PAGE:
Sen. John Kennedy (R-La.) thanked Poland, Finland, the United Kingdom and several other NATO allies for investing in their own defense during a speech yesterday on the Senate floor. Kennedy urged every member of NATO to keep its word and increase its defense spending to 2% of its GDP. He warned that NATO’s strength depends on every country pulling its weight.
“As with many challenges in life, madam president, I believe that the difficulties we face today can make NATO stronger tomorrow. I believe that, but that will only happen if we are honest with each other. Friends tell friends the truth. And here’s the truth as I see it: NATO is one of the most impactful defense pacts in all of human history. The United States is a proud NATO member. The American people support NATO.
“But it is also no secret that some of our friends in NATO have not been taking their own defense and defense spending seriously. They had not been taking their own defense and defense spending seriously even before Vladimir Putin began his illegal assault on Ukraine. As the full extent of Putin’s cruelty unfolded last year, NATO leaders, they appeared at first to regard it as a wake-up call—and that’s a good thing. It was a wake-up call for many people throughout the world, but sometime, somehow, over the past year, those same countries fell back asleep.”
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“It took less than a year after Putin entered Ukraine for those same leaders to begin to renege again. . . . Friends tell friends the truth. Recent analysis shows, as of today, just 11 out of the 31 countries currently in NATO are on track to fulfill their 2% defense spending obligation.”
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“In the United States of America, we keep our promises, and, all along, every year through the history of NATO, we have proudly invested in our defense to the benefit of our allies—to our own benefit, but to the benefit of our allies. It was important to our allies in Europe. It was. I don’t know what would have happened in Europe had the American people not come to Ukraine’s rescue. Putin may be in Paris right now, for all I know—God forbid.
“A few of our NATO friends have kept their commitment, and I want to thank them. Our friends in Greece, for example. Our friends in the United Kingdom. Our friends in Estonia. They spent 2% of their GDP on defense before Putin invaded—and our friends in Lithuania, Hungary, Romania and Slovakia will all reach the 2% threshold by the end of this year, and that’s a good thing. Thank you, Greece. Thank you, United Kingdom. Thank you, Estonia. Thank you, Lithuania, and Hungry, and Slovakia for keeping your word.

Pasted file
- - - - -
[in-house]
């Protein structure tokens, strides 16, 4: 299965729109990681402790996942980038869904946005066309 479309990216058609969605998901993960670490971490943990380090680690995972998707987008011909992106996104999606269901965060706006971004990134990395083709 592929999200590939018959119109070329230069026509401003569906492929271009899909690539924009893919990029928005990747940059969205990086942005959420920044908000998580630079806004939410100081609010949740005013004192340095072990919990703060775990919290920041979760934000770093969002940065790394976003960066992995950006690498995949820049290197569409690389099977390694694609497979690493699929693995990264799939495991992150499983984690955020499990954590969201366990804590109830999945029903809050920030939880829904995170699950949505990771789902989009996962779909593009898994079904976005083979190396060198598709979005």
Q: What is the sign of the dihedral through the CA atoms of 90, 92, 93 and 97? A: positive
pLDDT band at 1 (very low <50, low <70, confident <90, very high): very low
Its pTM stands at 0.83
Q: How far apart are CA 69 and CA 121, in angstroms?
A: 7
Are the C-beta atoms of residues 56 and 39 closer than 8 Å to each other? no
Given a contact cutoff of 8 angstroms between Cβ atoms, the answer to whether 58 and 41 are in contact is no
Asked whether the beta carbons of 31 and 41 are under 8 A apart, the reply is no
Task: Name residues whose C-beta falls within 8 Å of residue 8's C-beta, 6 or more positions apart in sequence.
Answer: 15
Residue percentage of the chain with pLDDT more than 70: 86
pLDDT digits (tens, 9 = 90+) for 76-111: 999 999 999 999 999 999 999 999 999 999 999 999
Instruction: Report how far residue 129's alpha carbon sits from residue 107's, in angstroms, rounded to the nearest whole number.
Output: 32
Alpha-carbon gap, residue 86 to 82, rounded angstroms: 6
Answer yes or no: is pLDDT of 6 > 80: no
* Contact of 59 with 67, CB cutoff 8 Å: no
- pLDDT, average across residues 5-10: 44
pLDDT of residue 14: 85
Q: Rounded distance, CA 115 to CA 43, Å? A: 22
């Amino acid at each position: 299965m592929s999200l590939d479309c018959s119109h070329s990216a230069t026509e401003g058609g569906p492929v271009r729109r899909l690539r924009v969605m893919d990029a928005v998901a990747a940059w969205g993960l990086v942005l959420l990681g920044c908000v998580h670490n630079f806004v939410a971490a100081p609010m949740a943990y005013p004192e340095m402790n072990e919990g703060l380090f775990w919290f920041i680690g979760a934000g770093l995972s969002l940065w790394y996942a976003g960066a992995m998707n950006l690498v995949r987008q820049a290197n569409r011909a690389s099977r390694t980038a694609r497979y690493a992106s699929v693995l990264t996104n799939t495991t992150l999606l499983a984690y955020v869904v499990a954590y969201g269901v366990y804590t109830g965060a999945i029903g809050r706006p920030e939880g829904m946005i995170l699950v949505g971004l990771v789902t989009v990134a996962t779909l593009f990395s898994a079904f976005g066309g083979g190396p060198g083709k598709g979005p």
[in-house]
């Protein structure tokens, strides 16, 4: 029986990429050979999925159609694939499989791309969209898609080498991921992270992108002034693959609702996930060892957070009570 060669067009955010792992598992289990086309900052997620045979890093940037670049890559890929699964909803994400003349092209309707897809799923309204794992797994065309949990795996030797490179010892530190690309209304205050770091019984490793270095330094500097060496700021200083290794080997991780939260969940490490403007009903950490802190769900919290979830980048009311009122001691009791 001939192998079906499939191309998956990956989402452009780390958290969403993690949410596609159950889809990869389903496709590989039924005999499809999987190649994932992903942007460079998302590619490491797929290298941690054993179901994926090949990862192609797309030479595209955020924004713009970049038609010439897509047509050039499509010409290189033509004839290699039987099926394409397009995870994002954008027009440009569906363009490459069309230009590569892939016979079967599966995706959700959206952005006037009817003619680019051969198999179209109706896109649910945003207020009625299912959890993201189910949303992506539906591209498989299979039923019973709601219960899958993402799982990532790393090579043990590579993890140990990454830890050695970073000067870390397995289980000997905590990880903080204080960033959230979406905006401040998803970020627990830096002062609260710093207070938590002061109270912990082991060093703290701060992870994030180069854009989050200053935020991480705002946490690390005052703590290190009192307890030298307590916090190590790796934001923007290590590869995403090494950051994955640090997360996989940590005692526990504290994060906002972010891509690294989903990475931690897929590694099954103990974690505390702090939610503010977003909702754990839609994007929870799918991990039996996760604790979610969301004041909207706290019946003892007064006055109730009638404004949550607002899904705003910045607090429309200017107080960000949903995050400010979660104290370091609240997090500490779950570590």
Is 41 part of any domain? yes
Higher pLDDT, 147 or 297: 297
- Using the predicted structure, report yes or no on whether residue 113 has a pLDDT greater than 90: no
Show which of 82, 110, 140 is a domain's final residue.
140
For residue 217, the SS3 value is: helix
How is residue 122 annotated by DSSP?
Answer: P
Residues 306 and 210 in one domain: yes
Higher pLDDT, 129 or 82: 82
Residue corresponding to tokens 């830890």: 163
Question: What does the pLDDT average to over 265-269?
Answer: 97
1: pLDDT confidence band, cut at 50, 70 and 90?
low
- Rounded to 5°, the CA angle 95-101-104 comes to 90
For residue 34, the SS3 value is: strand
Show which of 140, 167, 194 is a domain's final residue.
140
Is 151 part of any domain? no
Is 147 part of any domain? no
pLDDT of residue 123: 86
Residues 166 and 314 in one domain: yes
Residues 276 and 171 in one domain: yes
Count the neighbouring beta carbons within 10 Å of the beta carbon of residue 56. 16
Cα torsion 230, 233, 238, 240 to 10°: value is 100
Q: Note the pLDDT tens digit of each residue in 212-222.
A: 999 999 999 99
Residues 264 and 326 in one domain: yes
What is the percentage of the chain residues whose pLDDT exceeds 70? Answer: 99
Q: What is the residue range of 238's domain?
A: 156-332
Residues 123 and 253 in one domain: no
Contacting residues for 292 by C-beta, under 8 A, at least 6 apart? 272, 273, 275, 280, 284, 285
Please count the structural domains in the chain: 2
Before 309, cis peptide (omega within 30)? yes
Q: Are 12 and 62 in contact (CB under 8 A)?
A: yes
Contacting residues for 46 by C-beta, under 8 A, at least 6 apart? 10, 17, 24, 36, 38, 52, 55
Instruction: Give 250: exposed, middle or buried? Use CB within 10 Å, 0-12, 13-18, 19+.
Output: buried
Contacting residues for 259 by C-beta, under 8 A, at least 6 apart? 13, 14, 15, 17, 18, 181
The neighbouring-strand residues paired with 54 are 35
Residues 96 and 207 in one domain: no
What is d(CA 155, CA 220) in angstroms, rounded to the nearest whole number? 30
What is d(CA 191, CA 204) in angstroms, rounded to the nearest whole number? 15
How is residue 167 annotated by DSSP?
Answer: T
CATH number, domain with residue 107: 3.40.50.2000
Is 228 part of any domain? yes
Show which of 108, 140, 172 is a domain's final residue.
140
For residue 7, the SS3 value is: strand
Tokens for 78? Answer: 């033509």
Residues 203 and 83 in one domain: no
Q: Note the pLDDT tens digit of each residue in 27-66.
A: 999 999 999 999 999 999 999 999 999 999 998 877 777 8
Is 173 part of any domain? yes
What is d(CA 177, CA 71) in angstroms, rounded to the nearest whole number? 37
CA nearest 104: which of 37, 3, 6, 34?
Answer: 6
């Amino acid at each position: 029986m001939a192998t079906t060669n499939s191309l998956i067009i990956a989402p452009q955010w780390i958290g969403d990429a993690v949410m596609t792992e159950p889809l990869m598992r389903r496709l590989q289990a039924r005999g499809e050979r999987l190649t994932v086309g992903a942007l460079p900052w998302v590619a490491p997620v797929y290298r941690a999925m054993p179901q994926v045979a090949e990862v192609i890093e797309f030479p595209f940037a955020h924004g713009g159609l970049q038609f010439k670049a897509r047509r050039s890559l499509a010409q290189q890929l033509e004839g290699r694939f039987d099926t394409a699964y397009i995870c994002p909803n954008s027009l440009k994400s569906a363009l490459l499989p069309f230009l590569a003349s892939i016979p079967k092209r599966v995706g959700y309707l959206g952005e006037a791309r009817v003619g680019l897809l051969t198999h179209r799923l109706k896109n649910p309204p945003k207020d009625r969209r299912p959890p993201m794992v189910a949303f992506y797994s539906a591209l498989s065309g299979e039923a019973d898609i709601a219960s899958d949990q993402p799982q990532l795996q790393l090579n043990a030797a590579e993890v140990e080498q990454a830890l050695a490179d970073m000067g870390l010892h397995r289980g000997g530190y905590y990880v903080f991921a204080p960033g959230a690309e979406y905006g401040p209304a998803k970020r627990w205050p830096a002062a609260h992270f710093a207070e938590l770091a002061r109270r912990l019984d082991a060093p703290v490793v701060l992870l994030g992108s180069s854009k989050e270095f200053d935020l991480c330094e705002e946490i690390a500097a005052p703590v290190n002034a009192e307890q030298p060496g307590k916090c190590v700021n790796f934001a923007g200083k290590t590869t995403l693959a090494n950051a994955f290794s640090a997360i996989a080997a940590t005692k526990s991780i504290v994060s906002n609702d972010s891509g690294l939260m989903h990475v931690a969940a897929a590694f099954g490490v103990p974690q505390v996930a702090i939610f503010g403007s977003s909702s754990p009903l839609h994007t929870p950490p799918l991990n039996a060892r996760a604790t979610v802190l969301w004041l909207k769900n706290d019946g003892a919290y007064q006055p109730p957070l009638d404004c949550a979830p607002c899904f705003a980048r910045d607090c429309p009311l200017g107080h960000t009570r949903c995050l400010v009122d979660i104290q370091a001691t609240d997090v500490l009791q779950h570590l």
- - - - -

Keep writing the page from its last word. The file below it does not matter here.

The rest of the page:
“Finland just joined our NATO alliance this year. We’re so pleased. Our friends in Finland spent 2% on defense before joining NATO, but they didn’t use the alliance as a reason to take their foot off the gas. Instead, Finland recently increased defense spending even more to 2.4% of their GDP. Thank you, Finland. I hope our allies who have been nestled safely under the NATO umbrella for years without pulling their financial weight will take note of Finland’s dedication. Let me say it again: Thank you, Finland.
“We got to commend Poland. Poland spent 2% on defense long before Putin invaded Ukraine, but over the past two years, it hasn’t spent 2%, Poland hasn’t. It nearly doubled its defense spending to 4.3%. It is investing that money in part by buying American weapons, and it’s showing Putin that Poland is serious about its sovereignty. And that Poland is serious about freedom. By the end of this decade, Poland is on pace to have more tanks than the United Kingdom, Germany, France, the Netherlands, Belgium and Italy put together. Thank you, Poland.”
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“It’s been more than a year, Madam President—you know as well as I do—since Putin sent Russian tanks and troops into Ukraine. Maybe for some, the horror of it all has worn off, maybe. It hasn’t worn off for most Americans, and it sure hasn’t worn off for Ukraine. Citizens of a sovereign Ukraine are still dodging missiles on their own streets, and Putin is still watching too many NATO members bury their heads and drag their feet, and so is President Xi Jinping.
“Now Madam President, I don’t mean to offend anyone. I don’t, but friends tell friends the truth. Everyone in NATO is a friend, and I am so proud that the United States is a member of NATO, but NATO is only as strong as our confidence in one another. If we want to strengthen NATO’s ability to deter bad actors from bad acts, we’ve each got to do our part. It’s time for all of us in NATO to start keeping our promises and investing in our defense.”
Kennedy’s full remarks are here.